With its pointless punitive cycle of fines and late fees, California’s traffic ticket system has long been a source of oppression for millions of motorists, burdening them with mounting debt they can’t pay and depriving them of the driving privileges they need to remain employed.
It’s a double-whammy that someone had to put the brakes on. Kudos to Gov. Jerry Brown and Sen. Bob Hertzberg, D-Los Angeles, for doing just that with an amnesty program that launched last week.
Most important, drivers who lost their licenses because they couldn’t afford to pay will be able to get their driving privileges reinstated immediately. And under a separate bill Brown signed into law, motorists can now fight their tickets in court before paying their fines.
That’s the good news.
The bad news — indeed, the tone-deaf news — is that anyone who takes part in the program still might have to pay a $50 court “amnesty fee.” And the Department of Motor Vehicles will levy another $55 fee for anyone who wants his or her license reinstated.
As it stands now, more than 4 million Californians have lost their driving privileges because they weren’t able to pay a ticket, according to a report from the Western Center on Law and Poverty. Many of those same people are now trapped in a cycle of debt and poverty, which benefits neither the state nor anyone else.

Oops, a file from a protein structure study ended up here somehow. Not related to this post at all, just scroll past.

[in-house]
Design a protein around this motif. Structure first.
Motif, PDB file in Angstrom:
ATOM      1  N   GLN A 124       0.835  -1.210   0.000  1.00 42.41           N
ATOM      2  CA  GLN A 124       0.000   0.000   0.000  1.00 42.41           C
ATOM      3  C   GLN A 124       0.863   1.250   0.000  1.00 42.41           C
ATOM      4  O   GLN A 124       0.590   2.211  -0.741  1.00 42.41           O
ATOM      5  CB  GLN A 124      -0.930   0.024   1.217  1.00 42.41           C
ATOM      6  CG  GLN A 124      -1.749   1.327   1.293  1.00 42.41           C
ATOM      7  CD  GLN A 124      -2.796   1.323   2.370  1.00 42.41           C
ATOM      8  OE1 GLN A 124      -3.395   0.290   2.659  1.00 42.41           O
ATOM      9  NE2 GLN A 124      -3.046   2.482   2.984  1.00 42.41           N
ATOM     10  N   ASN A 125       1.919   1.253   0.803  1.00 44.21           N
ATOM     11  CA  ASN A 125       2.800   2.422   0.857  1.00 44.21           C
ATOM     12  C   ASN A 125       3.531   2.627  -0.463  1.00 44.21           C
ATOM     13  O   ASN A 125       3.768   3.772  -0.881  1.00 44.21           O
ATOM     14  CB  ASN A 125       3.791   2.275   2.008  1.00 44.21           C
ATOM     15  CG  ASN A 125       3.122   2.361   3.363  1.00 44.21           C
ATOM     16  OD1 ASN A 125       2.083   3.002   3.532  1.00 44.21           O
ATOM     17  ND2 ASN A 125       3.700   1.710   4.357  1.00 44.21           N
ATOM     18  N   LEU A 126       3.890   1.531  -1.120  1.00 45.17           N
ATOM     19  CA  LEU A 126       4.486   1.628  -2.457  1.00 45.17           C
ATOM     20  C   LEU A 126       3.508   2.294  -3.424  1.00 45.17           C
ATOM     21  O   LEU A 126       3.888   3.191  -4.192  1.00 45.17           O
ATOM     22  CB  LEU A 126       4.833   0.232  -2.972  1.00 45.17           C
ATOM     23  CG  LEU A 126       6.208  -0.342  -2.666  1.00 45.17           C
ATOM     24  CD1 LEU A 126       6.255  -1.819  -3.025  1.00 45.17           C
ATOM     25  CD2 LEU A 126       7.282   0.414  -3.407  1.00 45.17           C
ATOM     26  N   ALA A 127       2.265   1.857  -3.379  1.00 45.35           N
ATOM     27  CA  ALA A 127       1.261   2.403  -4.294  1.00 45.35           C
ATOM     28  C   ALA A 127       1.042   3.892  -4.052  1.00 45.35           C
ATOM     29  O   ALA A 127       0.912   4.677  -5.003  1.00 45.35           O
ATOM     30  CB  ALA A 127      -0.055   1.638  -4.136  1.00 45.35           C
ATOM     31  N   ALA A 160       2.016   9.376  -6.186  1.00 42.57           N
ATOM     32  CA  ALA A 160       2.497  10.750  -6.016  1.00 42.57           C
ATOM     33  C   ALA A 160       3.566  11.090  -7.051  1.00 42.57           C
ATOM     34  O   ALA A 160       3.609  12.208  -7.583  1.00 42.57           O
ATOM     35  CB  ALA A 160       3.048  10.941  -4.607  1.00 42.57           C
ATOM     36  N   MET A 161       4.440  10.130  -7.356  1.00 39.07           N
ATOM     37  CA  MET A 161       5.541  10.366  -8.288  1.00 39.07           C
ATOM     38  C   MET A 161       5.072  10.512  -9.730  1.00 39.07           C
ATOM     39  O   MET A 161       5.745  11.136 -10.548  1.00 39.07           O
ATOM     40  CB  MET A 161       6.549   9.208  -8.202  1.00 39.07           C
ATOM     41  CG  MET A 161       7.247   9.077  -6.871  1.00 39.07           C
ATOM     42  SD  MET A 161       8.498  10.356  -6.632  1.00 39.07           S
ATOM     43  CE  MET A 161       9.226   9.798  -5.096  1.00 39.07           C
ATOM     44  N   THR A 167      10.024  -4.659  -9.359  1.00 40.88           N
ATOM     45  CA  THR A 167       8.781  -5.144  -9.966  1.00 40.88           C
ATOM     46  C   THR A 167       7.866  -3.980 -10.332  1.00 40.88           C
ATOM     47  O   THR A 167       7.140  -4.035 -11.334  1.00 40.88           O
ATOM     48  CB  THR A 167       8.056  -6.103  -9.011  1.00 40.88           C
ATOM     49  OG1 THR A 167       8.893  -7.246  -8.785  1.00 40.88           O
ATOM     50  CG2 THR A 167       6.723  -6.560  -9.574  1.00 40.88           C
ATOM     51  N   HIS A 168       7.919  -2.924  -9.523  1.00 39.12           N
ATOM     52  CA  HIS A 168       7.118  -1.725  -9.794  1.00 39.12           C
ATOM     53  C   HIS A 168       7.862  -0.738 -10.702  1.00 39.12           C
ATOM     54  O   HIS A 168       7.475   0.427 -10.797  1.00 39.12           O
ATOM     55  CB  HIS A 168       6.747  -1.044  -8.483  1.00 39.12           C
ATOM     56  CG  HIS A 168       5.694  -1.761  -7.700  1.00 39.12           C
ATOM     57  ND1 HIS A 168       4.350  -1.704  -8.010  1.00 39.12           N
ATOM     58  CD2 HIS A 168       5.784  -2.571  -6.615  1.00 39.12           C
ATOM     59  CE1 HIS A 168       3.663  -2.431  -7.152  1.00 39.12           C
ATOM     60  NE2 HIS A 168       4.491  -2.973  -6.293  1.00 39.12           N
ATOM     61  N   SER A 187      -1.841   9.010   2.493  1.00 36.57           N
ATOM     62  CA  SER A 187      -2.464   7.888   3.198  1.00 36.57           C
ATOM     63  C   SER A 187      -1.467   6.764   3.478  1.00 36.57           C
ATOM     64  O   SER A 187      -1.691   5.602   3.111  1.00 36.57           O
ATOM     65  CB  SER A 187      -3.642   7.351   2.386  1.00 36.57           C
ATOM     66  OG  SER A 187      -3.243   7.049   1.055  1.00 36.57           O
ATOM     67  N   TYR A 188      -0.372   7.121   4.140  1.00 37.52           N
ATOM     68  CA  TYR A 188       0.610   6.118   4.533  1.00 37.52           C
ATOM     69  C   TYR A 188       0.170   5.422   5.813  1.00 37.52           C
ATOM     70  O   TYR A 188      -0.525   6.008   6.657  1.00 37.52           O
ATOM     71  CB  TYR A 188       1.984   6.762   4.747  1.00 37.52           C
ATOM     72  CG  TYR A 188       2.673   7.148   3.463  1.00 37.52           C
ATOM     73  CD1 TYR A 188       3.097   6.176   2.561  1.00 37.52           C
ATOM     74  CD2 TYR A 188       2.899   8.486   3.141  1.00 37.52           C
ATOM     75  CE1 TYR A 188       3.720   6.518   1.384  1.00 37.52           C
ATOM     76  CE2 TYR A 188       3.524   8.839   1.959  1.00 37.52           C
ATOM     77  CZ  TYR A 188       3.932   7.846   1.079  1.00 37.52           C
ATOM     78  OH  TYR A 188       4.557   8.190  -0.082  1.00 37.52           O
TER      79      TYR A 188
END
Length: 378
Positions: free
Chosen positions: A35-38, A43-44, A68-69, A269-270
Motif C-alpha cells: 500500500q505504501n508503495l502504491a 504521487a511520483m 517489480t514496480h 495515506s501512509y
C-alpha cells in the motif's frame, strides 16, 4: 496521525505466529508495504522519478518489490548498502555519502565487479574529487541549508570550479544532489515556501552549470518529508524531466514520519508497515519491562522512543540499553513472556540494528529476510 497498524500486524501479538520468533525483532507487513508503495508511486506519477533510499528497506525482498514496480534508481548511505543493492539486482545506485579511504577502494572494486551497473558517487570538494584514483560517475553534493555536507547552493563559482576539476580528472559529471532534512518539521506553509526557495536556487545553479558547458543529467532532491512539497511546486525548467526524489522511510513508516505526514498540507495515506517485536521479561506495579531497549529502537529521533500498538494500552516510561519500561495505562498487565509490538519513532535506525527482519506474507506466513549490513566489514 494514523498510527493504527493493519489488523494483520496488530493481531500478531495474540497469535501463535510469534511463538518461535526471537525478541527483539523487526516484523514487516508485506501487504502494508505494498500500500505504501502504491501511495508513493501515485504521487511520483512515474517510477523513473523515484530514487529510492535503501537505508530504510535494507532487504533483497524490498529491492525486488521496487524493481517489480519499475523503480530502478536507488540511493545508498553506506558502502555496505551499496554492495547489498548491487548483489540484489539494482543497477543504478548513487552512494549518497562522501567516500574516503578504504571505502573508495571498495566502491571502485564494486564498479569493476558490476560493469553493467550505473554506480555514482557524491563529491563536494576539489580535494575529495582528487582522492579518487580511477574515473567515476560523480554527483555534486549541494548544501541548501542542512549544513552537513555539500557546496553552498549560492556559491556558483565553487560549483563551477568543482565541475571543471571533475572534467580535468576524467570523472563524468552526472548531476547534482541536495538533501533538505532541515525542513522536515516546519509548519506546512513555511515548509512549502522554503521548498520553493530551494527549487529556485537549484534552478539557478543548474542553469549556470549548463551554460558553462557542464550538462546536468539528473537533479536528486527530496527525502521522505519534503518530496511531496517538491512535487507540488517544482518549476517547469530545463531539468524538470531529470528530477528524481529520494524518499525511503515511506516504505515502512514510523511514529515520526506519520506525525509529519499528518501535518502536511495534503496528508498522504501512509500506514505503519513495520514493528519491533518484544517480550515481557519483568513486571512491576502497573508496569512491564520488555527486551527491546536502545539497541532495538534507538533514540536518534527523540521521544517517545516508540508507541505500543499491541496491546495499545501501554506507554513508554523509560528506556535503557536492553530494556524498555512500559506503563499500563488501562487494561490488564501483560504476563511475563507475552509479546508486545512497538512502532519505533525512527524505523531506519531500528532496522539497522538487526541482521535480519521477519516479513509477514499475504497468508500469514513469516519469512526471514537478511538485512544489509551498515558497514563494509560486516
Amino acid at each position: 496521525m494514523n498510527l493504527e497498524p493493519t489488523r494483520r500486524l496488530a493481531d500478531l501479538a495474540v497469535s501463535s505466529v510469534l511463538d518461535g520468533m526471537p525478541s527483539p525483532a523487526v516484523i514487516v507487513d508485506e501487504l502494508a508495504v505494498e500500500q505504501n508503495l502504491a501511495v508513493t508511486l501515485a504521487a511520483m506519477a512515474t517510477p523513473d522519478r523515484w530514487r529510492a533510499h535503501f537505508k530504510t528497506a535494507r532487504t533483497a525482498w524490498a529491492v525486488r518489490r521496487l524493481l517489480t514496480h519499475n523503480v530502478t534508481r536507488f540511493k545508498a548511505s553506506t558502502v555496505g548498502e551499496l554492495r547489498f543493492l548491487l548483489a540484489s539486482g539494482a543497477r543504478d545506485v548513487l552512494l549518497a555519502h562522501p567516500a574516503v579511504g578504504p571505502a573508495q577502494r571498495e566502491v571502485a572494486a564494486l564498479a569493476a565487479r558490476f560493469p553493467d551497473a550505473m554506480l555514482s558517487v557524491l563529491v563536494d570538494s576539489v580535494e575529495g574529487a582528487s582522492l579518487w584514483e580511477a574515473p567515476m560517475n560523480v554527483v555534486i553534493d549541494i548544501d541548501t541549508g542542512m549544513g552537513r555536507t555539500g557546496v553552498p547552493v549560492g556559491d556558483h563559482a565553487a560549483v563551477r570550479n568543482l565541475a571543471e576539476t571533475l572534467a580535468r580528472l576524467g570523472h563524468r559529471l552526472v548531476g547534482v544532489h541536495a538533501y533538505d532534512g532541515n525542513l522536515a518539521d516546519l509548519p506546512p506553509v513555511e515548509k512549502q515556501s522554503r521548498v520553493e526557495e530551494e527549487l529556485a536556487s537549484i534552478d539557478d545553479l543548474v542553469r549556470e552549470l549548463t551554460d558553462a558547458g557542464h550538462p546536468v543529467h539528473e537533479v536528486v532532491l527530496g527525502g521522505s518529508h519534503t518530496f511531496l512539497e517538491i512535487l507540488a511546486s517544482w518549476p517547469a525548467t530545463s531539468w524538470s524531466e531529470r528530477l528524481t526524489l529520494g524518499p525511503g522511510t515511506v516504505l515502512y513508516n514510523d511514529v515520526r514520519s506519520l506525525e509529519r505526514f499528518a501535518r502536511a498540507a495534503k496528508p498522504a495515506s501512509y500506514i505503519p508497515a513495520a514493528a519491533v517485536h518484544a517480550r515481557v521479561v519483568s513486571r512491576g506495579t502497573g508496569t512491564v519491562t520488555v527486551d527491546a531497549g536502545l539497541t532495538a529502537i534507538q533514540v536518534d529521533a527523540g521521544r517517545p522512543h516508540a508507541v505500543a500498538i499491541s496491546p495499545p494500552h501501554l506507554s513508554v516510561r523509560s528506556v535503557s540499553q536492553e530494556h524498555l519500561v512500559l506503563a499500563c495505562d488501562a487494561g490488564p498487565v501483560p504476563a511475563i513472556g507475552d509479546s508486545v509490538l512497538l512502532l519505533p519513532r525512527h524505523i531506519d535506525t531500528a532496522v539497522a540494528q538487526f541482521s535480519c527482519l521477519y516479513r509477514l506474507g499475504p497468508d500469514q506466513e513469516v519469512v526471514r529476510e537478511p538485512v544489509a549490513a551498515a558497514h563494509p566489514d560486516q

It no wonder then that California — like Ferguson, Mo., the poster-child for padding its government budget with money from the poor — has come under such criticism from advocates for both the poor and minorities.
According to the Western Center report, California has over $10 billion in uncollected court-ordered debt and uses the heavy fines as a source of revenue. The state issues stiff fines for traffic infractions in the first place, and it then it tacks on ridiculous fees and assessments that can quadruple the original fine.
Read more here